[RndTbl] SCSI cable length
athompso at athompso.net
Fri Jul 3 23:39:55 CDT 2015
IIRC the xx4x were bootable, the xx2x were not.
I don't recall what other differences there were, but the 2920 had a dramatically simpler PCB.
On July 3, 2015 9:28:26 PM CDT, Hartmut W Sager <hwsager at marityme.net> wrote:
>Oops, I may have gotten something wrong. Web information suggests that
>AHA-2920 series cards are also bus-mastering, in which case, I can't
>remember what's different between AHA-2920 and AHA-2940. But I do
>that I used a lot of AHA-2940 series cards.
>Hartmut W Sager - Tel +1-204-339-8331, +1-204-515-1701, +1-204-515-1700
>On 3 July 2015 at 21:16, Hartmut W Sager <hwsager at marityme.net> wrote:
>> Two of the most famous single-ended classic SCSI-2 host adapters of
>> era, using this 50-pin dense connector, were the Adaptec AHA-2920
>> non-bus-mastering series and the Adaptec AHA-2940 bus-mastering
>> PCI slot motherboards. They also sported an internal 50-pin 2-row
>> connector for internal SCSI drives (and a 34-pin 2-row ribbon
>> floppy drives in the case of the AHA-2922 and AHA-2942, I think).
>> You could actually have both internal and external devices on the
>> SCSI chain (card in the middle), as long as you disabled the
>> resistor pack on the card itself. You then had to be especially
>> deciding which card/device would supply the terminating resistor
>> recall that Fujitsu hard drives were exceptionally problematic in
>> I presume you (Trevor) know all about having to set each SCSI
>> drive/device, including the host adapter, to a unique SCSI ID, yes?
>> Life with SATA and USB really is more pleasant.
>> Hartmut W Sager - Tel +1-204-339-8331, +1-204-515-1701,
>> On 3 July 2015 at 19:48, Hartmut W Sager <hwsager at marityme.net>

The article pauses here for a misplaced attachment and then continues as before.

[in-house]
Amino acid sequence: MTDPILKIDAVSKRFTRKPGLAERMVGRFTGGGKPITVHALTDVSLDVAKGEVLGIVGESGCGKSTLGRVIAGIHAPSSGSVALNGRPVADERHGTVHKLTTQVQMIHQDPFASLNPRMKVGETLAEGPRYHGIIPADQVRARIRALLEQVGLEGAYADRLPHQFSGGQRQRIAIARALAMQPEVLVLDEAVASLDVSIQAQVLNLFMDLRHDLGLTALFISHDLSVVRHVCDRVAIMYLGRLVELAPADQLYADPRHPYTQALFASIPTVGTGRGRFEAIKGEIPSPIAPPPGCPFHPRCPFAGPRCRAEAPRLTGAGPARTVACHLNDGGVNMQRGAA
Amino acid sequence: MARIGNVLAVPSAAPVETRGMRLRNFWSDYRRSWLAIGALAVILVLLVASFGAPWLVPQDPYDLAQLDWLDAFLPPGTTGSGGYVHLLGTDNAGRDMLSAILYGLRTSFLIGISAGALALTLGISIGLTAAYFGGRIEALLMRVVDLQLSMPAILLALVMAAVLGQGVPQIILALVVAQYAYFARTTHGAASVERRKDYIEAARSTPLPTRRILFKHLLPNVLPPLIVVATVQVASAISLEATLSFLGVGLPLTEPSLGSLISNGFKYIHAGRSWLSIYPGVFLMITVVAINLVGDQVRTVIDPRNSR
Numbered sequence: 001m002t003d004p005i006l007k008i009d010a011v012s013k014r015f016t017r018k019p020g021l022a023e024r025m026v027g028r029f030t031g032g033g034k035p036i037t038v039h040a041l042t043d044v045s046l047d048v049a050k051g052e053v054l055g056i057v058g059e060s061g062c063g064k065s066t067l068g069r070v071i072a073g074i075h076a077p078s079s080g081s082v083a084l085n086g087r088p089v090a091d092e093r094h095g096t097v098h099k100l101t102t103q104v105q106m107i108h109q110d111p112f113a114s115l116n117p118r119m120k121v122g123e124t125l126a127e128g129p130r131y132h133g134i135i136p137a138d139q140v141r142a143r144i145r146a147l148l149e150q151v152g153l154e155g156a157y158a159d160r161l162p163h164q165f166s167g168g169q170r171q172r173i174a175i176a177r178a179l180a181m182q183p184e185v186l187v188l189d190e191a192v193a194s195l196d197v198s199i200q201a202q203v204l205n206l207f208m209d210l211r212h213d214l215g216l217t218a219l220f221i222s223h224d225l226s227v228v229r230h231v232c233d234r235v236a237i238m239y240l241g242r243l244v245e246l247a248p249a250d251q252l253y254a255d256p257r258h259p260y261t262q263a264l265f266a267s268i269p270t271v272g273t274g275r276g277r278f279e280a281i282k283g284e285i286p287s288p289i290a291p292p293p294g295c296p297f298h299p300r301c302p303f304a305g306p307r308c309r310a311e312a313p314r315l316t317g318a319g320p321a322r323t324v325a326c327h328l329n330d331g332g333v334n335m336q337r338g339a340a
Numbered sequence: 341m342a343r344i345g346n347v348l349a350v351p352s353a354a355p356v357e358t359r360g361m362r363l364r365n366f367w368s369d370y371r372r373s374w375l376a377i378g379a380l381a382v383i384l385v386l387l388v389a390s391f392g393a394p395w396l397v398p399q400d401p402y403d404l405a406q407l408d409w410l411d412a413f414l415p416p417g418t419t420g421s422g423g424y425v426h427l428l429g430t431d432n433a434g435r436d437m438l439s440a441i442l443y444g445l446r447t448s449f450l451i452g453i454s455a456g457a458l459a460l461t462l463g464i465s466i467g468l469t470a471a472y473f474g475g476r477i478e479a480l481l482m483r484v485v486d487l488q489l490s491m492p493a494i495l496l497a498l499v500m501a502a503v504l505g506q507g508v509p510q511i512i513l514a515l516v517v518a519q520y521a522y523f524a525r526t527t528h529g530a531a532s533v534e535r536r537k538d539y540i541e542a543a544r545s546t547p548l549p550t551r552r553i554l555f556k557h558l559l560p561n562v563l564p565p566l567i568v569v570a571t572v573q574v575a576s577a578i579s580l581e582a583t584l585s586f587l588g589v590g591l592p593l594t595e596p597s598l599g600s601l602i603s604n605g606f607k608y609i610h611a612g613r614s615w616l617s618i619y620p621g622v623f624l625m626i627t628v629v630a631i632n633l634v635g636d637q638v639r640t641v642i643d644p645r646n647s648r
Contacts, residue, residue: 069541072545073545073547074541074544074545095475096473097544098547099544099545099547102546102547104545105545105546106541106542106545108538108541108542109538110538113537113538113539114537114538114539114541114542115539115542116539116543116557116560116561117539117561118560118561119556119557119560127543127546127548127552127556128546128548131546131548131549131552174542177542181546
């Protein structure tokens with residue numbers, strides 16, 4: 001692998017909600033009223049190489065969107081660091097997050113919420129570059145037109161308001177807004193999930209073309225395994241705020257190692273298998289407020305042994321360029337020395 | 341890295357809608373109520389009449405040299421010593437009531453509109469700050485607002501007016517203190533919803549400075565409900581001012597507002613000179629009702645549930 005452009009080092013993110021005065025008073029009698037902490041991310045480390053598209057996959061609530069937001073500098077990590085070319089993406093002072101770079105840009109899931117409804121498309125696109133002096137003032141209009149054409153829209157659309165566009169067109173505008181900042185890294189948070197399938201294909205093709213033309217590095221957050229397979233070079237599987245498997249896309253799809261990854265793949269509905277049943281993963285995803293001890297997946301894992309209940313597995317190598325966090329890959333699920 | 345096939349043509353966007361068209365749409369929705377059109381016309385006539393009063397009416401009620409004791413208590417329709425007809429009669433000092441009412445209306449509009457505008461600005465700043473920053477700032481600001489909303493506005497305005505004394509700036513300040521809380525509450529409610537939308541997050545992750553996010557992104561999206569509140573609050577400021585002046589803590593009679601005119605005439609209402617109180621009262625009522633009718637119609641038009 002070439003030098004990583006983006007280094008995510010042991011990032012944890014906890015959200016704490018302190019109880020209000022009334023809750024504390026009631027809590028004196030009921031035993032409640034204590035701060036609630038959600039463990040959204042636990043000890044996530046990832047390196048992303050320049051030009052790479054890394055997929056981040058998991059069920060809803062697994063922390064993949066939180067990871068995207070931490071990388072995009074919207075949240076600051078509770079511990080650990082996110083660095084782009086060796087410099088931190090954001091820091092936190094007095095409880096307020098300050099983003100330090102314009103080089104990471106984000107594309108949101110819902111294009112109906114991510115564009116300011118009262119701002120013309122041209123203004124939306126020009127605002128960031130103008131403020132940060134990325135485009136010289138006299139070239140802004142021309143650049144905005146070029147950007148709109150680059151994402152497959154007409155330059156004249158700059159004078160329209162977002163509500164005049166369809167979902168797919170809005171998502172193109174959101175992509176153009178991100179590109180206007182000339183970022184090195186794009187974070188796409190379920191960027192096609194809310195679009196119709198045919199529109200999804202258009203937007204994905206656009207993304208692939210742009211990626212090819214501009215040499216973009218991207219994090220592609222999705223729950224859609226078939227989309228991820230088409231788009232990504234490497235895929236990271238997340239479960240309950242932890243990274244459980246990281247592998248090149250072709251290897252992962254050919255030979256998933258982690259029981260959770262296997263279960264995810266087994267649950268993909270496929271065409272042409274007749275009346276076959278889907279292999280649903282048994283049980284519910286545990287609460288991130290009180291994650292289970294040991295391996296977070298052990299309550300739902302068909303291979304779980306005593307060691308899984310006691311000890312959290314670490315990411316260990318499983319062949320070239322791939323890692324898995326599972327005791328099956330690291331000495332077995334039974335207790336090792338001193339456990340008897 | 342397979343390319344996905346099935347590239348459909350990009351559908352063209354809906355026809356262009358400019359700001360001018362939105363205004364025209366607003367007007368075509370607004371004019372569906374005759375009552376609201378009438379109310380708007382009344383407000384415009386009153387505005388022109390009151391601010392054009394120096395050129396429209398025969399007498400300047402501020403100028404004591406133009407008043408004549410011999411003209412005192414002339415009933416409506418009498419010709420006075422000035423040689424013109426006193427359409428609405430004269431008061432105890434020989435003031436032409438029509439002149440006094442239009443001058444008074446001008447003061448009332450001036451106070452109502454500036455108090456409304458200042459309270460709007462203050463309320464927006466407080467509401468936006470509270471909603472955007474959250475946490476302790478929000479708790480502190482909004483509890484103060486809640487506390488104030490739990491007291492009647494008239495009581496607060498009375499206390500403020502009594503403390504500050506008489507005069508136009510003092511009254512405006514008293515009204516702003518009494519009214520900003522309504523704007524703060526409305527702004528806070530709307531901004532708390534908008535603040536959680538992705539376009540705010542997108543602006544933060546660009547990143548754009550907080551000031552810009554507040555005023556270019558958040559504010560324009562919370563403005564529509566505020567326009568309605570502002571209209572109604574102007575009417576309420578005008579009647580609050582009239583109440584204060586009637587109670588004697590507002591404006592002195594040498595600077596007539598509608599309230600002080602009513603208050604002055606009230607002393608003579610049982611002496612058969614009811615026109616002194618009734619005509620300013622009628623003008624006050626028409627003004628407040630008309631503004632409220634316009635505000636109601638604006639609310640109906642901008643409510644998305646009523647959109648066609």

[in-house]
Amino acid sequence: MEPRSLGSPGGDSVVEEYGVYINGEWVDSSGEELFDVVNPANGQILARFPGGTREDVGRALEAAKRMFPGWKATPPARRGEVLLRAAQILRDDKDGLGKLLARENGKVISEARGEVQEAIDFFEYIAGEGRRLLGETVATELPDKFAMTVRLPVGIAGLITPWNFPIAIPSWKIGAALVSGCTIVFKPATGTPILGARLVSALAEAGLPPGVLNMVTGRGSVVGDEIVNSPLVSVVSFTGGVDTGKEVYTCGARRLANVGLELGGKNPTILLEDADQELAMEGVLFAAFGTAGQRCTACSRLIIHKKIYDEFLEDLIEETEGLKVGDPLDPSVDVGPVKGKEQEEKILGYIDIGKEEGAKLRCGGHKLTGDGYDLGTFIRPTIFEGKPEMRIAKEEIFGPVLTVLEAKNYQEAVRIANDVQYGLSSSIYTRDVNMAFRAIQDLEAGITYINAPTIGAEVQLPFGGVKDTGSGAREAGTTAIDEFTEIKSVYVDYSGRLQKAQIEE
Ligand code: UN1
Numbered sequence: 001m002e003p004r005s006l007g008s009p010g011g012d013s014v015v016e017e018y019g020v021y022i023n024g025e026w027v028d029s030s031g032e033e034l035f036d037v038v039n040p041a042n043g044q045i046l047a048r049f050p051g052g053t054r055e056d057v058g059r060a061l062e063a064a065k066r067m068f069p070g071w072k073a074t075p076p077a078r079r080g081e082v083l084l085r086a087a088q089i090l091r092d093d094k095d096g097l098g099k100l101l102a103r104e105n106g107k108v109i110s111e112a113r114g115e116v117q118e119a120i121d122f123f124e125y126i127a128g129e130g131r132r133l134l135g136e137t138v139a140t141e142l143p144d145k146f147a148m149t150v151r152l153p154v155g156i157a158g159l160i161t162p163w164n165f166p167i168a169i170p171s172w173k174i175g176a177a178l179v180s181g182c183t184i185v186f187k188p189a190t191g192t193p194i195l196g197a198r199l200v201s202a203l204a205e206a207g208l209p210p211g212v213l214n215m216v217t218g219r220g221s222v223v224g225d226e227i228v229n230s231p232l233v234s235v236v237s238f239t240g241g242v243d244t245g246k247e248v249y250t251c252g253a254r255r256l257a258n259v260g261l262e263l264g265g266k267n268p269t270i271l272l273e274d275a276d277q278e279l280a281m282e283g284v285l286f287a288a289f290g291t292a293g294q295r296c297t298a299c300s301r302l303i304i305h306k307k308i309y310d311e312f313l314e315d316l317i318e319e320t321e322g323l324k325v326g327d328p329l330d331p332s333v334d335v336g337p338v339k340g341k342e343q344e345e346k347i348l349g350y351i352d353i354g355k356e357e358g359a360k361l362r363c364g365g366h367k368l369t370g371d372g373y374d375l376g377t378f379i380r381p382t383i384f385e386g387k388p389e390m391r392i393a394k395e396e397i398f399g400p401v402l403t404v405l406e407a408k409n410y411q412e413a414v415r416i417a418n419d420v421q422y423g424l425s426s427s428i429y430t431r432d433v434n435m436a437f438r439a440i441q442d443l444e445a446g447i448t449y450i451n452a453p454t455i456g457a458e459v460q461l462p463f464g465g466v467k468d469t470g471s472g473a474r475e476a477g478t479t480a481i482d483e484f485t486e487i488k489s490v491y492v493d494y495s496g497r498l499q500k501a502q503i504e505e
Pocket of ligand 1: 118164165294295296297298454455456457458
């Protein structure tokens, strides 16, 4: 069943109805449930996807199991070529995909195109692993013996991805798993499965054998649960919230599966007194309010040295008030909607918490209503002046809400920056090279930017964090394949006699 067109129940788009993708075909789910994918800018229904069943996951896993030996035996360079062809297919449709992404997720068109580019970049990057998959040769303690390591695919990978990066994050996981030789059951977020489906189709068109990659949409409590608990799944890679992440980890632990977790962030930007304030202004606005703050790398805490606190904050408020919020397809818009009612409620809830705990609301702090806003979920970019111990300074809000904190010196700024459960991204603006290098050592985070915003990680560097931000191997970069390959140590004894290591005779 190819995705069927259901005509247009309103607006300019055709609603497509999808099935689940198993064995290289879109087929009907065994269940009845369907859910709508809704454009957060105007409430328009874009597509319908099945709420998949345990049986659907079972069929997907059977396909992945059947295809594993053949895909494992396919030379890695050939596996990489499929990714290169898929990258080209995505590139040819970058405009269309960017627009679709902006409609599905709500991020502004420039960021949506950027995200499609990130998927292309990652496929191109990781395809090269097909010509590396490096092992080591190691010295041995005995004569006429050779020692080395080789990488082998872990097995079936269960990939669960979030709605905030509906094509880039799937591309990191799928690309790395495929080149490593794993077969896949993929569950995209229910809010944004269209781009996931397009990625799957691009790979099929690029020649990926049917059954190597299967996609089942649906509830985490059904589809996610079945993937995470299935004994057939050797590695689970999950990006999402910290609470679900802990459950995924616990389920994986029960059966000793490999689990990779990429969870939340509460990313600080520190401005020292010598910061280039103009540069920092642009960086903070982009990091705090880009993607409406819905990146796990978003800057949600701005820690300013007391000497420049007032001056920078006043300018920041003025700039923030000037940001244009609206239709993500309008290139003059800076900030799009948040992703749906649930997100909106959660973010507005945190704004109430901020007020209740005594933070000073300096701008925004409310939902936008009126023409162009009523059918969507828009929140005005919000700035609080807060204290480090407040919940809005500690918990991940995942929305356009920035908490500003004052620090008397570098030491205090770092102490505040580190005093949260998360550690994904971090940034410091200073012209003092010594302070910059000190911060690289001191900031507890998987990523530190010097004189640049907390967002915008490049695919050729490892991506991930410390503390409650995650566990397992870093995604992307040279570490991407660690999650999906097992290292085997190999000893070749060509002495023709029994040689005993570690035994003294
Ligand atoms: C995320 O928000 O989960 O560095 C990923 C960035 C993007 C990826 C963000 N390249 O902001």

>>> > I'm a big SCSI guy, but ...
>>> I too am an old SCSI fan, but my interest started to wane when so
>>> SCSI signalling standards and connectors began to proliferate
>>> SCSI moving totally into the high-end server realm and away from
>>> peripherals. Oh, and then there was that "termination power"
>>> (usually selected/deselected by jumpers).
>>> > The device has a standard dense 50-pin 2-row connector. I thought
>>> first that meant for sure LVD, but now I'm thinking it just means
>>> It doesn't even mean "ultra", let alone HVD/LVD. That connector
>>> the norm during the single-ended classic SCSI 2 generation - to my
>>> chagrin, since the Centronics 50-pin connector was so much better.
>>> > Is there a way to know what signalling this device uses based just
>>> the connector?
>>> No, but:
>>> > I checked all available interent specs, incl the original manual,
>>> the device and *nothing* specifies anything other than "SCSI".
>>> Since the original manual (lucky you to have that!) doesn't specify
>>> anything other than "SCSI", it is a near certainty that this isn't
>>> HVD, but simply good old single-ended classic SCSI (of at least SCSI
>>> generation). It probably isn't "ultra" either, especially if it's a
>>> scanner or CD drive or similar slow device rather than a hard drive.
>>> Hartmut W Sager - Tel +1-204-339-8331, +1-204-515-1701,
>>> On 3 July 2015 at 16:06, Trevor Cordes <trevor at tecnopolis.ca> wrote:
>>>> I have an external SCSI device that I'd like to plug in on a 10-15'
>>>> The device has a standard dense 50-pin 2-row connector. I thought
>>>> first that meant for sure LVD, but now I'm thinking it just means
>>>> I need LVD to get over 1.5M cable length, according to spec. LVD
>>>> go to 12M it appears. If it's just ultra then I'm SOL, I guess.
>>>> Is there a way to know what signalling this device uses based just
>>>> connector? I checked all available interent specs, incl the
>>>> manual, for the device and *nothing* specifies anything other than
>>>> I'm a big SCSI guy, but my memory on the subject is starting to get
>>>> hazy due to disuse...
>>>> Roundtable mailing list
>>>> Roundtable at muug.mb.ca
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Sent from my Android device with K-9 Mail. Please excuse my brevity.
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